The dynamism of the labor market does not run out

Statistics Canada said Friday that the unemployment rate fell to 5.0% last month. This is its third decline in four months and brings it closer to the record low of 4.9% it hit in June and July.

“You always have to be a little bit careful not to make too much of a Canadian employment report,” said Douglas Porter, chief economist at the Bank of Montreal.

“However, this is the second time in the last three months that the economy has created 100,000 new jobs, which is a historically large number. »

In the latest Labor Force Survey, Statistics Canada pointed out that employment growth is associated with an increase in full-time work.

The number of private sector workers also increased last month, and jobs increased across all industries.

At the same time, employment in the public sector remained stable.

Many economists expected a slowing economy in response to rising interest rates to show up in fourth-quarter economic data. However, employment numbers show no sign of the economy slipping.

Douglas Porter admitted: “For those of us predicting at least a mild recession this year, it raises doubts.”

Wages continued to grow at an annual rate above 5.0% for the seventh straight month, rising 5.1%.

However, this wage increase remains below the country’s annual inflation rate of 6.8% in November.

Absenteeism is on the rise

For 2022, economist Brendon Bernard, of recruiting website Indeed, noted that “the big story of low unemployment and strong labor market conditions continues into the second half of the year.” .

Employment among young people aged 15-24 increased in December, and the job losses that occurred between July and September were fully recovered.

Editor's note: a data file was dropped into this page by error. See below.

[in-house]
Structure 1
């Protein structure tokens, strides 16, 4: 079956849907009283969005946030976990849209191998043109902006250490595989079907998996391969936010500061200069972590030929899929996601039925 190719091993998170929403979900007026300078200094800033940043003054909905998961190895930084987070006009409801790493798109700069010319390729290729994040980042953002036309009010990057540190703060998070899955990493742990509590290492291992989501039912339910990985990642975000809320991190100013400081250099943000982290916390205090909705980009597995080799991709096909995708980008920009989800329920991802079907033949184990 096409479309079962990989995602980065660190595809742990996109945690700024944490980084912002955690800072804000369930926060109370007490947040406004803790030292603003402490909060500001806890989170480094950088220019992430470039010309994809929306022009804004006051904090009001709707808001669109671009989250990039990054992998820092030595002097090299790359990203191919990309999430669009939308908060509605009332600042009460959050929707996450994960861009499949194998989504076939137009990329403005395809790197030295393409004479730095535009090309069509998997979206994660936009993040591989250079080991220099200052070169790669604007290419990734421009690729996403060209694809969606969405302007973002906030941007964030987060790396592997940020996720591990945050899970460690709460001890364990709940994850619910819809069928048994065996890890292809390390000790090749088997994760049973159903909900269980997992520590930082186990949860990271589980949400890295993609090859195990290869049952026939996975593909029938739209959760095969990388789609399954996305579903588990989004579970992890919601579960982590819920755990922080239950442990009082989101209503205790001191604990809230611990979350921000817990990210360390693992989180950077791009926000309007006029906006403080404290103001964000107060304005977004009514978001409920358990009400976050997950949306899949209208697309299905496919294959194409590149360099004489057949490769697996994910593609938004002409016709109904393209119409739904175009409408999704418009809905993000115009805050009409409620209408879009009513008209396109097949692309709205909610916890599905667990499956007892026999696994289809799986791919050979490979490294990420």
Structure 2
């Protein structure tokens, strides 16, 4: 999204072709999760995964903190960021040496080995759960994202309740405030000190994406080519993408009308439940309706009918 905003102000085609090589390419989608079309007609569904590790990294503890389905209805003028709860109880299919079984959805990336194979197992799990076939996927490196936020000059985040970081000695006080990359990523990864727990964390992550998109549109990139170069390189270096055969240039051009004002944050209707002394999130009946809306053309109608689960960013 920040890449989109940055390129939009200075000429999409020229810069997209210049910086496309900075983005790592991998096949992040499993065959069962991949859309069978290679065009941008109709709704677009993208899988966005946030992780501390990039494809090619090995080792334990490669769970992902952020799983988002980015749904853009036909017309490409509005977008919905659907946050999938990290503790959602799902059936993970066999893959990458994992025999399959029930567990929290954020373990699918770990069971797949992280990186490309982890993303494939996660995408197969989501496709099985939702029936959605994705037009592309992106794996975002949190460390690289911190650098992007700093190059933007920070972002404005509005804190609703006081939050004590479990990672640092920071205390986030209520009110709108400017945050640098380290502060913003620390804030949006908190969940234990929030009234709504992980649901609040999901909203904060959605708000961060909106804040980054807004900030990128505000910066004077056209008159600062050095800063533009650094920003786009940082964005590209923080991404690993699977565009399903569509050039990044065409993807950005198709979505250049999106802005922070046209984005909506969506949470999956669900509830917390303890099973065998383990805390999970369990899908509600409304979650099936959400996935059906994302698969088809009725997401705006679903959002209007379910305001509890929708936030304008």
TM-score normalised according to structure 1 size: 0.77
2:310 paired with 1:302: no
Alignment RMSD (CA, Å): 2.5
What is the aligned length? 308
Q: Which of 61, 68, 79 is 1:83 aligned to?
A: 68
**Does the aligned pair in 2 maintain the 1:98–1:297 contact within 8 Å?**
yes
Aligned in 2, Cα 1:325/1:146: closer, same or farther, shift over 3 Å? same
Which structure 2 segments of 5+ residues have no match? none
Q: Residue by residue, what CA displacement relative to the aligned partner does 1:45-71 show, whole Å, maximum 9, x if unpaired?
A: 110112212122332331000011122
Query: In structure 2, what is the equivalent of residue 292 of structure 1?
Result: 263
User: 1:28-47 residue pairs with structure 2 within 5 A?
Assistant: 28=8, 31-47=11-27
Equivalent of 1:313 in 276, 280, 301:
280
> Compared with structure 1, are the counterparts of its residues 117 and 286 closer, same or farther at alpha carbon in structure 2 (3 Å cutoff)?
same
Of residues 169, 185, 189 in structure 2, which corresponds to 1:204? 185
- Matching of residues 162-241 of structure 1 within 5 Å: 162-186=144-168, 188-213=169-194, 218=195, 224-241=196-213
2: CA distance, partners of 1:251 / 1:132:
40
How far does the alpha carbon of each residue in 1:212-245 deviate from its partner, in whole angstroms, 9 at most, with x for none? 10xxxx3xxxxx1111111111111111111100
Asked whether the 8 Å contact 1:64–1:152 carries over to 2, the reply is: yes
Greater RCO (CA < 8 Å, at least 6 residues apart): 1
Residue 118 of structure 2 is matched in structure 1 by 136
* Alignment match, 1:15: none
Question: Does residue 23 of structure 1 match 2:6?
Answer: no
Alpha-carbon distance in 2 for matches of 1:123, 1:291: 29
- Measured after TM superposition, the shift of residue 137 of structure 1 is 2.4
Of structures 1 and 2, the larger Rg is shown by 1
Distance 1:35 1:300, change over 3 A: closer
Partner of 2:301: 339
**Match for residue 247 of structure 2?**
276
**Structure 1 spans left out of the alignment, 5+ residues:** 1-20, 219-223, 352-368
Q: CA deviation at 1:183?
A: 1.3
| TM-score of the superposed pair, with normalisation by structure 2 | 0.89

The jobs report also noted that the employment rate for women ages 25-54 hit a record high last month.

Despite the monthly increase in employment, working hours remained stable in December. Douglas Porter believed that this was probably due to the high number of sick people.

Statistics Canada said 8.1% of workers missed work due to illness or disability last month, compared with 6.8% in November.

The Bank of Canada has previously cited the country’s tight labor market as a cause of high inflation.

“Tight labor markets are a symptom of a widespread imbalance between supply and demand that is fueling inflation and hurting all Canadians,” Central Bank Governor Tiff Macklem said in a speech in November.

The central bank has raised the key interest rate seven times in a row since March 2022 to 4.25%. He hopes that this increase in the cost of borrowing will slow the rate of inflation and cool the economy.

Although economists expect unemployment to rise in response to higher borrowing costs, the labor market has remained resilient in recent months.

The strength of the labor market has fueled some optimism that the expected economic slowdown may ultimately be less painful than a typical recession.

However, Brendon Bernard believes that “things can move pretty quickly from month to month” when it comes to employment data.

The Bank of Canada indicated last month that it was ready to end its cycle of aggressive rate hikes, depending on developments in the economy.

While the Bank of Montreal still expects another rate hike at the end of the month, Douglas Porter said the latest jobs report doesn’t end the debate.

“But at the very least, I would say it strengthens the case for at least one more rate hike in January. »

The Bank of Canada will announce its next key interest rate decision on January 25.

In the meantime, he will have the opportunity to look at inflation data for December, as well as the results of his research on the business outlook and consumer expectations.

Stable employment in Quebec

Last month, the unemployment rate in Quebec was measured at 4.0%, up 0.2 points from November. Employment was flat after rising in three of the previous four months.

In Ontario, employment increased by 42,000 in December and the unemployment rate fell 0.2 percentage points to 5.3%.

The jobless rate in the Maritimes increased in New Brunswick from 7.3% to 8.1% in November to December, as well as in Nova Scotia from 6.0% to 6.7%. In contrast, Prince Edward Island fell to 5.6%, down from 6.8% in November.

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